How to Drive During a Flood

Whether it’s a flash flood or the result of a downpour from a tropical storm or hurricane, floods are expensive and dangerous weather events. In many cities such as Houston, Texas, driving is almost inevitable to navigate and with more and more development, residents are quick to notice how frequent they may find their streets flooding due to rain. “Turn around, don’t drown” can feel like a cliché, however, when you consider that most deaths caused by flooding occur in a vehicle, the slogan is sound advice for any driver.

But we understand that situations may still arise that would require drivers to navigate to a safer location. Knowing how to drive safely during a flood is important for anyone to know as flash floods can occur in only a few minutes. Following the advice of local and national government and weather officials are always the right decision, but if you find yourself in an unfavorable situation and driving is necessary, we’ve got some great advice for protecting yourself and your vehicle from floodwaters.

Find a Different Way to Your Destination

Alternative routes that do not have as much or any flooding are always a preferred choice. Considering it only takes six inches of water on the road to float your vehicle, it can take much less than you think to put you and others in danger, floating out of control. Even if you can’t find a completely different route, the route you take can be taken in a different manner. Remember, the highest part of the road is likely the middle, and with your hazards on, driving at a slower speed, this can be the best option when water is rising.

Always Avoid Moving Water and Water That’s Too Deep

This goes back to the fact that only half a foot of water is enough to take your vehicle’s control completely away from you. Fast-moving water means there is not only a power current but a road that could get even deeper in a matter of minutes. If water is approaching your hood, you could also damage your car causing significant damage that may not be covered by your auto insurance provider and can put you in serious danger as you are forced to abandon the vehicle.

Drive Slowly, But Don’t Stop

There are many different factors here. Some involve you and others your neighbors. Either way, driving slowly is key for everyone’s safety and to limit damage to your vehicle and others’ property. Take a closer look at some of the considerations for slowing it down while driving during a flood:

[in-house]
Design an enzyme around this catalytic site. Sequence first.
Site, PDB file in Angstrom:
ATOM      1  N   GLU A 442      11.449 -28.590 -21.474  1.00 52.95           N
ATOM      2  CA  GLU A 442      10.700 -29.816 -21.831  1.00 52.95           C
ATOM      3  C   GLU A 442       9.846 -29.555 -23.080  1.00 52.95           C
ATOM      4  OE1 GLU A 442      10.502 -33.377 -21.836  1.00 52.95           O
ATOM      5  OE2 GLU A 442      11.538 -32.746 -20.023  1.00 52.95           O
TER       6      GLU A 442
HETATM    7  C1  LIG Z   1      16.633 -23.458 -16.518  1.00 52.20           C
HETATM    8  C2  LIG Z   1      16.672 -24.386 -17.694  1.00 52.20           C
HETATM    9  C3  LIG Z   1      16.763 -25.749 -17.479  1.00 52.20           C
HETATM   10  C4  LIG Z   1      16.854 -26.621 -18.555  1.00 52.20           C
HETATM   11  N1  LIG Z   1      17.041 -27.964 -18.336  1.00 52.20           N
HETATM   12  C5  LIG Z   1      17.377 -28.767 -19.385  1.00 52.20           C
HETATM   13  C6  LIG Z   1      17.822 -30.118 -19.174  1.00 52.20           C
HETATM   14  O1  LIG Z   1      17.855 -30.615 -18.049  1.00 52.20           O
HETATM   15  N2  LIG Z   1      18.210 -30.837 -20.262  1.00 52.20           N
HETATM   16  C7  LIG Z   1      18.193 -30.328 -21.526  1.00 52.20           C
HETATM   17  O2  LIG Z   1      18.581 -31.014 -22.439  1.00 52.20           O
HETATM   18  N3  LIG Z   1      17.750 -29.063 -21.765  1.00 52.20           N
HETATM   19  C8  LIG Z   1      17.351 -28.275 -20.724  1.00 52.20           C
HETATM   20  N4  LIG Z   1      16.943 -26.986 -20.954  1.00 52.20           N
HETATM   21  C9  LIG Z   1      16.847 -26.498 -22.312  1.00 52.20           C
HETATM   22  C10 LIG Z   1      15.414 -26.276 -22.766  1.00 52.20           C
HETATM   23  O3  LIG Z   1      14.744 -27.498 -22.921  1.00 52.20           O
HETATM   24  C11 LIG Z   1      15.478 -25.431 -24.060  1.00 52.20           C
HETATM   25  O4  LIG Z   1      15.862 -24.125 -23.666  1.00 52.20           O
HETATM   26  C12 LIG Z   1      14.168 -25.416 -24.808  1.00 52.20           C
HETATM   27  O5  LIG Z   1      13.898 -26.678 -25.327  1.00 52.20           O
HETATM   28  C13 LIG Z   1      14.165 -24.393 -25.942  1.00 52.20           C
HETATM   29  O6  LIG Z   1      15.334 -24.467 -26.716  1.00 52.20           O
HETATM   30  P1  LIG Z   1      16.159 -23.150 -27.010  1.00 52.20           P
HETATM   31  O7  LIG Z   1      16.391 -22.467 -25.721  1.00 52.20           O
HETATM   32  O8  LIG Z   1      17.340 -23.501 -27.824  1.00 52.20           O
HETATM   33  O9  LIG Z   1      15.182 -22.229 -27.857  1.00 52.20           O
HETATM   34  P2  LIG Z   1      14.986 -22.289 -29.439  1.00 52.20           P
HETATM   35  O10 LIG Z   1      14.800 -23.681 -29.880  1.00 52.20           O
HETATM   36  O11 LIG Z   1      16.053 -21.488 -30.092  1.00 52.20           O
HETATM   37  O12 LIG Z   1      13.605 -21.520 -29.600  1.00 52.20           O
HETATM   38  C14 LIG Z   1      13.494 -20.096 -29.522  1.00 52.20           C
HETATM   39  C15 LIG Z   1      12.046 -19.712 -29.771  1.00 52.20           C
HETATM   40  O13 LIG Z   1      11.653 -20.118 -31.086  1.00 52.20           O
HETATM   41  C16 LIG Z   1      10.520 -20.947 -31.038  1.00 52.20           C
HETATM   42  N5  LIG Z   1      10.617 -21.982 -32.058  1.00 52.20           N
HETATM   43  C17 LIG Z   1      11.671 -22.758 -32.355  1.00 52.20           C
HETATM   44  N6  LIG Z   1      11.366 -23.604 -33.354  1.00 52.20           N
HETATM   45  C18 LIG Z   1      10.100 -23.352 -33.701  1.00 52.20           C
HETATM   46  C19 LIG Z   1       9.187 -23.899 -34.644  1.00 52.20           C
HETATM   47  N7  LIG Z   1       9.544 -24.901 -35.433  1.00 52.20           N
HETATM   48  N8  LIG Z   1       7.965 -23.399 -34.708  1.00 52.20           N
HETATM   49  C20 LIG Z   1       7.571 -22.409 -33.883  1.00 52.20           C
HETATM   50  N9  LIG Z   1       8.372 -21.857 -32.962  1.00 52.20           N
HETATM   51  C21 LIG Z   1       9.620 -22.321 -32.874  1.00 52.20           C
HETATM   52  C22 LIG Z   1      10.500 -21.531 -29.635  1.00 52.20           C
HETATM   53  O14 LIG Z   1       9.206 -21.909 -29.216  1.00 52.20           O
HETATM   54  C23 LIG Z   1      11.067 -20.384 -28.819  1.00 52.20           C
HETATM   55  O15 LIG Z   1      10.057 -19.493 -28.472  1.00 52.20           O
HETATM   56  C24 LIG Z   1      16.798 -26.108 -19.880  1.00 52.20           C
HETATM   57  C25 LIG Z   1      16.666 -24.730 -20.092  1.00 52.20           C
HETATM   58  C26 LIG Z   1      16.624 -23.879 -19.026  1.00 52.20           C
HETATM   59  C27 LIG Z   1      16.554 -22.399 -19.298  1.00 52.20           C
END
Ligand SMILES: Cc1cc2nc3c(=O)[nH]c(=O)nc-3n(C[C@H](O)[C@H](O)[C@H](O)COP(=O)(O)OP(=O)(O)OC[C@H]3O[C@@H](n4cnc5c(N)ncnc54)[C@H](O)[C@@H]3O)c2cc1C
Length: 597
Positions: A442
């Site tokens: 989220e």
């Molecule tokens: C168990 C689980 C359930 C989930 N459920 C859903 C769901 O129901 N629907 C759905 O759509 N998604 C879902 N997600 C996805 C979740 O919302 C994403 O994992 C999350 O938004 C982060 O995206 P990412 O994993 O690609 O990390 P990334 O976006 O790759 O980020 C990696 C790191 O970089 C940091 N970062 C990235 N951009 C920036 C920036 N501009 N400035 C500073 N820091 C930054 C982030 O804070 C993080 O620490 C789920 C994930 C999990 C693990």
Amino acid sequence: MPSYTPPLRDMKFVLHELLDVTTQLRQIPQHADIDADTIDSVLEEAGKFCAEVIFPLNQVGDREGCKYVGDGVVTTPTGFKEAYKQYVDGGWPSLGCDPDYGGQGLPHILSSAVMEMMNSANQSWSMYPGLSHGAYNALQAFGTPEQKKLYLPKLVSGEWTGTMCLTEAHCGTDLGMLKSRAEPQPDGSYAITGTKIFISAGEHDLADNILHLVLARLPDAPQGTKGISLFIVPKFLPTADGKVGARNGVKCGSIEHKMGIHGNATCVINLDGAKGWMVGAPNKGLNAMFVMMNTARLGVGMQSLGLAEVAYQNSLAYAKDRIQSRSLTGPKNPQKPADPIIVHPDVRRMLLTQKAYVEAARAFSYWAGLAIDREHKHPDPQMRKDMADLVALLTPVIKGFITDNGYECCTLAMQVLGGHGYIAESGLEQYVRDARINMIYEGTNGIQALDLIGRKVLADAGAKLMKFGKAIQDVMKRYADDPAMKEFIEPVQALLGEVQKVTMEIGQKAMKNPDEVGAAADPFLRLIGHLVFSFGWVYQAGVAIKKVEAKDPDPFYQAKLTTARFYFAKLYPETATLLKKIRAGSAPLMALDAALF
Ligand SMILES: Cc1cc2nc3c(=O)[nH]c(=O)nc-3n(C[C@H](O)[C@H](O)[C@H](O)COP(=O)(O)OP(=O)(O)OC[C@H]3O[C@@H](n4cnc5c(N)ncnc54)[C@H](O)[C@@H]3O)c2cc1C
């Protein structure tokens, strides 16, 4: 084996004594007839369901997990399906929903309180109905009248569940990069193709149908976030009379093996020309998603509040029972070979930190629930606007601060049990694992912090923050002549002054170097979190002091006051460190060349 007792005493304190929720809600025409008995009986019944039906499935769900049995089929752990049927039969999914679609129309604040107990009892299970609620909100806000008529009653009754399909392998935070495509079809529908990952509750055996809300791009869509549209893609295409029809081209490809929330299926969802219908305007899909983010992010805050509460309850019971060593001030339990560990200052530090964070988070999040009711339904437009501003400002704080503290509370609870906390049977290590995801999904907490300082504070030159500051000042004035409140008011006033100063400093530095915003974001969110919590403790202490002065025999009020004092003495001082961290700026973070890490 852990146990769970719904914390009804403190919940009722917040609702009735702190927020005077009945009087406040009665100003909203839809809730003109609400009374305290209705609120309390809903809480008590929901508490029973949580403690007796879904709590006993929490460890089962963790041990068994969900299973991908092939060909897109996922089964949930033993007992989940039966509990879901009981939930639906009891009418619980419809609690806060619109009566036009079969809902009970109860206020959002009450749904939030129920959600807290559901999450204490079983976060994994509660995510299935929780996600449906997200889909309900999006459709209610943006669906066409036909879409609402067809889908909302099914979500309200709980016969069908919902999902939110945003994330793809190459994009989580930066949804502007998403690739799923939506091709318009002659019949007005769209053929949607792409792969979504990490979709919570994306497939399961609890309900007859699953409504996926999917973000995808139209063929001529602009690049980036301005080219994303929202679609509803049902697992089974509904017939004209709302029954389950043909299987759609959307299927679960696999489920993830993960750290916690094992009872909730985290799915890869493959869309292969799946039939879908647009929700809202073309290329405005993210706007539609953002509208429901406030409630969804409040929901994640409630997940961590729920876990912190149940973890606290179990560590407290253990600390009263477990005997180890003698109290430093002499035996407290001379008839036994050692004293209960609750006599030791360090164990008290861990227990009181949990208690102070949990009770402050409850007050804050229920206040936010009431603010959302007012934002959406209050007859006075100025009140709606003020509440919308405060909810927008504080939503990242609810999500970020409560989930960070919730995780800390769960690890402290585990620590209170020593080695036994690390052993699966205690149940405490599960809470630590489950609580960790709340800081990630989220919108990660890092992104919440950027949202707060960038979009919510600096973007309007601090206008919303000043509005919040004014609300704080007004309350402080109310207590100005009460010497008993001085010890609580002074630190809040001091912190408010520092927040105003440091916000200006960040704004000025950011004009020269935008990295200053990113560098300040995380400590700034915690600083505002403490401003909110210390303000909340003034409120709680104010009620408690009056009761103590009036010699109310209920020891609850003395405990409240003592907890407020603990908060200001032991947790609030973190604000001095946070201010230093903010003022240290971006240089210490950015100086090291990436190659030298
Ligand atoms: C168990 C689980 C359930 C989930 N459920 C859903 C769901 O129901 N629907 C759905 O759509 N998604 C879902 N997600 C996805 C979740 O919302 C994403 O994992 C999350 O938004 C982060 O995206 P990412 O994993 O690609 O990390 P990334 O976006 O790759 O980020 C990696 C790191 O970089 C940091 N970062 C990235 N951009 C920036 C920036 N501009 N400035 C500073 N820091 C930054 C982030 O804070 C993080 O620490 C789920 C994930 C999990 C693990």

• Slower speeds = better reaction times. Think 2-4 mph with your entering speed being the lowest point. Driving slower in unfamiliar conditions will lend far better results.
  • When you drive faster, you can cause unnecessary traffic. Consider that oncoming traffic, which should always have the right of way, may be coming in lanes not meant for them. Drivers need to be prepared for moving objects, oncoming traffic, and more.
  • By driving slower, you’ll help your neighbors as faster speeds will create larger waves. If there is enough flooding to reach the interior of vehicles, sheds, homes, and other forms of property, by driving fast you’ll do even further damage to those around you by creating unnecessary large wakes.

Driving slow is important, but stopping is not favorable during a flood. If your vehicle sits in water that can reach the exhaust pipe or engine, you may ruin your vehicle causing tremendous damage and even causing it to fail. Whenever it is safe to do so, keep moving, but do so at a slower speed.

Tap Your Brakes to Dry Them

If you do navigate through floodwaters, you’ll need to dry your brakes once you are out of them. By tapping them several times once you are on dry land, you’ll help them drive and keep them working to keep you safe. The last thing anyone wants is to safely get through a flooded area only to be involved with a wreck because their brakes were unable to perform.

Keeping Your Car and Yourself Safe During a Flood

Again, driving through flooded waters is never a good idea, but we understand that situations may arise where it is necessary. Following the guidelines of authorities and using these safety tips can help you navigate flooding and keep yourself and your vehicle safe. If your vehicle does experience flooding, do not restart the engine as this could cause even more damage. The best thing you can do is document everything and contact your auto insurance company and then your repairman.

Floods are a problem for both homes and automobiles and without the right insurance policies, you’ll be left high and anything but dry facing significant costs to restore your losses. Here at TGS Insurance, we help drivers protect themselves and their vehicles with the right auto insurance policies from one of our 35+ top-rated insurance carriers. We can even find the right flood insurance or home insurance policies to provide you with the best coverage at the lowest cost by comparing your rate among our bank of carriers and through bundling policies together for even more opportunities to save. Contact us today and stay protected against floods and much more.

About Katie Rosario

Katie has been in the marketing industry for over 10 years and has a strong passion for writing great content. She has been writing for TGS Insurance for three years and strives to make every piece of content she works on informative and easy to read. In her spare time, she enjoys baking and spending time with her family.